¶7 Landowners then moved the court to determine the valuation date for purposes of calculating just compensation to be paid for the property subject to condemnation. Landowners argued that the land should be valued as of the date the court eventually enters the final order of condemnation. Southwest Transmission countered that the land should be valued as of May 15, 2011, the date it remained in possession immediately following expiration of the BLM right-of-way grant. After briefing and oral argument, the court adopted a middle ground, ruling that the valuation date would be January 15, 2014: the date the summons issued in the condemnation suit. The court further ruled that Landowners would be entitled to rental damages from expiration of the grant to the summons date, and that interest would accrue from the valuation date on the amount of compensation ultimately awarded. The court denied Landowners' subsequent motion for reconsideration.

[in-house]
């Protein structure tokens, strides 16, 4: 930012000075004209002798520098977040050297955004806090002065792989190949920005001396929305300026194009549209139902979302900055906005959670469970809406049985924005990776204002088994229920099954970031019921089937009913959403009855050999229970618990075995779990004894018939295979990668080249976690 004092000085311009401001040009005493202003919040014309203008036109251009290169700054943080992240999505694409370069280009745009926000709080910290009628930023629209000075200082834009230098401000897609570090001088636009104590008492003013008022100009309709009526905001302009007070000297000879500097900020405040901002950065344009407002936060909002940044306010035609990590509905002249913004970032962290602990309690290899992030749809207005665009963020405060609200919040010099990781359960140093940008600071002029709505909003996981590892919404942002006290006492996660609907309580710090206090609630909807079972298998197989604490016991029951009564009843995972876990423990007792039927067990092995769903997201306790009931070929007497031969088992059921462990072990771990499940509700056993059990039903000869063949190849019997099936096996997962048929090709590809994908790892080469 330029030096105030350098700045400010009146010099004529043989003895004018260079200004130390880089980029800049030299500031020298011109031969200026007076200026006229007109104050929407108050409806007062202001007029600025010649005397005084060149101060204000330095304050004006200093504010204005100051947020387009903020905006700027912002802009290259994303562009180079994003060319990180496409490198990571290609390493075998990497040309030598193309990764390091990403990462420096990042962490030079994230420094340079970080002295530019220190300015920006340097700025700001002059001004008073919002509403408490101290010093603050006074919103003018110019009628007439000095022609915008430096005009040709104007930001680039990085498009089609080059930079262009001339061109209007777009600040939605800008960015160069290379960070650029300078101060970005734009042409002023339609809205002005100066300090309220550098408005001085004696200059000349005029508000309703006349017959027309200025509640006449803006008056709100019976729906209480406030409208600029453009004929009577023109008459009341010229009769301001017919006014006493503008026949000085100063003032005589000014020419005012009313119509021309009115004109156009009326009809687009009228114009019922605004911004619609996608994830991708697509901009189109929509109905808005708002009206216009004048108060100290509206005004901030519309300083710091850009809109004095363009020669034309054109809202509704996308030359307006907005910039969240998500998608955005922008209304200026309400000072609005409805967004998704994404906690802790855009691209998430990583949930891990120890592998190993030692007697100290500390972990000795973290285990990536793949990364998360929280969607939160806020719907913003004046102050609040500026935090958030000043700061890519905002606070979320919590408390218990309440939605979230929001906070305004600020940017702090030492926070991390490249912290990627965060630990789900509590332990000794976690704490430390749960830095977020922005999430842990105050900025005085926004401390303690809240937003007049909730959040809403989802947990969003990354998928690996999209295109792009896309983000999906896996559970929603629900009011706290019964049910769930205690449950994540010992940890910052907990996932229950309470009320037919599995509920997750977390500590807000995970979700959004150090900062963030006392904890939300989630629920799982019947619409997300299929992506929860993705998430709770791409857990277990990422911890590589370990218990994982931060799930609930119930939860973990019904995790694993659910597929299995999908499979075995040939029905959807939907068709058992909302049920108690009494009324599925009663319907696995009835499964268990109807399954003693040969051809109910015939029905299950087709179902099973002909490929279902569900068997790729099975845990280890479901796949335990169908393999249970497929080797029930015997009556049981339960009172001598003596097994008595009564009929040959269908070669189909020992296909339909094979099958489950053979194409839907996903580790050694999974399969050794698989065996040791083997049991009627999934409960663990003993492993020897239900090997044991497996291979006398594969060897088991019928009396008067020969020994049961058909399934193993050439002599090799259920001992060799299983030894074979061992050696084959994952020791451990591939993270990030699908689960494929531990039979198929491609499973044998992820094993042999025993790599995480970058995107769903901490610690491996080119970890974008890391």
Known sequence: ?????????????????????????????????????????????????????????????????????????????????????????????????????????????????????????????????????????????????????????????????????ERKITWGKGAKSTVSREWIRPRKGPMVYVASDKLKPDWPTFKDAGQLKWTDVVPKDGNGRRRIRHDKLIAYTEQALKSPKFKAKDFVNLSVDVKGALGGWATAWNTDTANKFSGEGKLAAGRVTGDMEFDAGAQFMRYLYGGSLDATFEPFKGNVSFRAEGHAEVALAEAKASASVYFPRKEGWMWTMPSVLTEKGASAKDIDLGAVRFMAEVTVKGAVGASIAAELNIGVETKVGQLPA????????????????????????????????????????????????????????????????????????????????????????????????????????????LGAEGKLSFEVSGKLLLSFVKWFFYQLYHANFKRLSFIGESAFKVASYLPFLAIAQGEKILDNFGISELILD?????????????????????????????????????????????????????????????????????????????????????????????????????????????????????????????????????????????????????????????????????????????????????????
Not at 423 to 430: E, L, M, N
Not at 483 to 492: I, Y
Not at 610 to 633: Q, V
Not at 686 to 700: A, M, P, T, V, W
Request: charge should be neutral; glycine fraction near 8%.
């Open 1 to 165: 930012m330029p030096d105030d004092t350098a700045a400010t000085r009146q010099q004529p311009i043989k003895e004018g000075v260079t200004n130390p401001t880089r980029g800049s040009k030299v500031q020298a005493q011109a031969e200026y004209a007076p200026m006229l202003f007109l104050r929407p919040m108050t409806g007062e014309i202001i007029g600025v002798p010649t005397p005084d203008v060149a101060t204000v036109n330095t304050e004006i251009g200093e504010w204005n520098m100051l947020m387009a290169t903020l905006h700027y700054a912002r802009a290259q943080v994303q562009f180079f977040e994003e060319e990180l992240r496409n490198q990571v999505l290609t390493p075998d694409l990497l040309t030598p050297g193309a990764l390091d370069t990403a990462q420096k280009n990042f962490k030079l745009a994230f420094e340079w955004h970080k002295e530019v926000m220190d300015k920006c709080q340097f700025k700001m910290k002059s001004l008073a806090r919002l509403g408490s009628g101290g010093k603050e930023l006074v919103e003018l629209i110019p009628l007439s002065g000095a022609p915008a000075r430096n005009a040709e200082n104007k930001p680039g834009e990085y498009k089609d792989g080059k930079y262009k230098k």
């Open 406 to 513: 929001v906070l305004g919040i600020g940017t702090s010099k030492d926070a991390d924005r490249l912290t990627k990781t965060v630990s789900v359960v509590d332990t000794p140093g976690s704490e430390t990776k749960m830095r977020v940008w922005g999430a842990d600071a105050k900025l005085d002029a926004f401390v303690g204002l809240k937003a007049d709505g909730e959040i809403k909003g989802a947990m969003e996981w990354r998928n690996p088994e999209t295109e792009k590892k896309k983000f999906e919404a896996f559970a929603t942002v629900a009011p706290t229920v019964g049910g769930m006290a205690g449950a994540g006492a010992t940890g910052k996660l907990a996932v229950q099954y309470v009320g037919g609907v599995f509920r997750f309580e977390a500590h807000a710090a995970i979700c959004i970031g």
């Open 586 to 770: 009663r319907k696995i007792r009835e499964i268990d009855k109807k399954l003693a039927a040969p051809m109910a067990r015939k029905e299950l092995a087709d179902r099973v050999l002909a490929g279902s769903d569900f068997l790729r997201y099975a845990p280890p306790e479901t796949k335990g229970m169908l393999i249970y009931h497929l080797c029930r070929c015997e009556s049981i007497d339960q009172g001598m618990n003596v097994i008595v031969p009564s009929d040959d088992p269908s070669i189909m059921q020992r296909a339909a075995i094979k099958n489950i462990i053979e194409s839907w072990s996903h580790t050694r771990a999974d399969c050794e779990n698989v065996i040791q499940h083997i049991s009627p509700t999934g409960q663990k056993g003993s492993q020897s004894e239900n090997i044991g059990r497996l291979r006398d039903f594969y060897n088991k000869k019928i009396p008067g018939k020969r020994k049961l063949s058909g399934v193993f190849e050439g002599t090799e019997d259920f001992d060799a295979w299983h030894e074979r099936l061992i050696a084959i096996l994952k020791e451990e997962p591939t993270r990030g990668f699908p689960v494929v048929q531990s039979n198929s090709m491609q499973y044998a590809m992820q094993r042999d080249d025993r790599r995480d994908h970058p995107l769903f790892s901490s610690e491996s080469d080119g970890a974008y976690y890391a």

¶8 The parties then filed cross-motions for partial summary judgment concerning ownership of the transmission lines and support structures, which would determine whether just compensation for the taking includes the value of those improvements or just of the underlying real property interest. The superior court ruled in favor of Southwest Transmission, finding no indication that title to the improvements had passed to Landowners.

         ¶9 At the parties' request, the superior court then entered a partial final judgment related to the two issues (valuation date and ownership of the improvements). See Ariz. R. Civ. P. 54(b). Landowners timely appealed, ...